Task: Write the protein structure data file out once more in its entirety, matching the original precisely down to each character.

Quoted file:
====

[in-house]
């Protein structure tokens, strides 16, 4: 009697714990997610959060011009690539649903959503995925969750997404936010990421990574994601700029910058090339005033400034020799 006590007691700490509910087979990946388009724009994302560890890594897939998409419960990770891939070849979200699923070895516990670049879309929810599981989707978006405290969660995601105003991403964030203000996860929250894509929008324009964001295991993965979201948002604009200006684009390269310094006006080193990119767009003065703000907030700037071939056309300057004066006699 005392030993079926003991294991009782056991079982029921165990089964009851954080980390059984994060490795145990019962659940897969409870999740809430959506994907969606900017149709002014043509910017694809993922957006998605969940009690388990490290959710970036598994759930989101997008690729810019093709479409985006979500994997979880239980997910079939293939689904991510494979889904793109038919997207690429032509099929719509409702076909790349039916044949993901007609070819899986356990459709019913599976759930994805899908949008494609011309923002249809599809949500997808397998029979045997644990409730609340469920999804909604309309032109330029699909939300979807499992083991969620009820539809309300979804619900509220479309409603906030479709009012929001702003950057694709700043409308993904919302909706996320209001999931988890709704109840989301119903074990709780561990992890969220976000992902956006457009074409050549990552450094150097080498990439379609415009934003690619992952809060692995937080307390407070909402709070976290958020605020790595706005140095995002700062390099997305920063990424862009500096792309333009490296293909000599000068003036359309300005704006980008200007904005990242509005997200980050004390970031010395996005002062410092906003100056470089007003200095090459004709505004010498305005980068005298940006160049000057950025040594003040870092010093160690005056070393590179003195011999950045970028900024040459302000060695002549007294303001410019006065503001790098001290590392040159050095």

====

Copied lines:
[in-house]
């Protein structure tokens, strides 16, 4: 009697714990997610959060011009690539649903959503995925969750997404936010990421990574994601700029910058090339005033400034020799 006590007691700490509910087979990946388009724009994302560890890594897939998409419960990770891939070849979200699923070895516990670049879309929810599981989707978006405290969660995601105003991403964030203000996860929250894509929008324009964001295991993965979201948002604009200006684009390269310094006006080193990119767009003065703000907030700037071939056309300057004066006699 005392030993079926003991294991009782056991079982029921165990089964009851954080980390059984994060490795145990019962659940897969409870999740809430959506994907969606900017149709002014043509910017694809993922957006998605969940009690388990490290959710970036598994759930989101997008690729810019093709479409985006979500994997979880239980997910079939293939689904991510494979889904793109038919997207690429032509099929719509409702076909790349039916044949993901007609070819899986356990459709019913599976759930994805899908949008494609011309923002249809599809949500997808397998029979045997644990409730609340469920999804909604309309032109330029699909939300979807499992083991969620009820539809309300979804619900509220479309409603906030479709009012929001702003950057694709700043409308993904919302909706996320209001999931988890709704109840989301119903074990709780561990992890969220976000992902956006457009074409050549990552450094150097080498990439379609415009934003690619992952809060692995937080307390407070909402709070976290958020605020790595706005140095995002700062390099997305920063990424862009500096792309333009490296293909000599000068003036359309300005704006980008200007904005990242509005997200980050004390970031010395996005002062410092906003100056470089007003200095090459004709505004010498305005980068005298940006160049000057950025040594003040870092010093160690005056070393590179003195011999950045970028900024040459302000060695002549007294303001410019006065503001790098001290590392040159050095």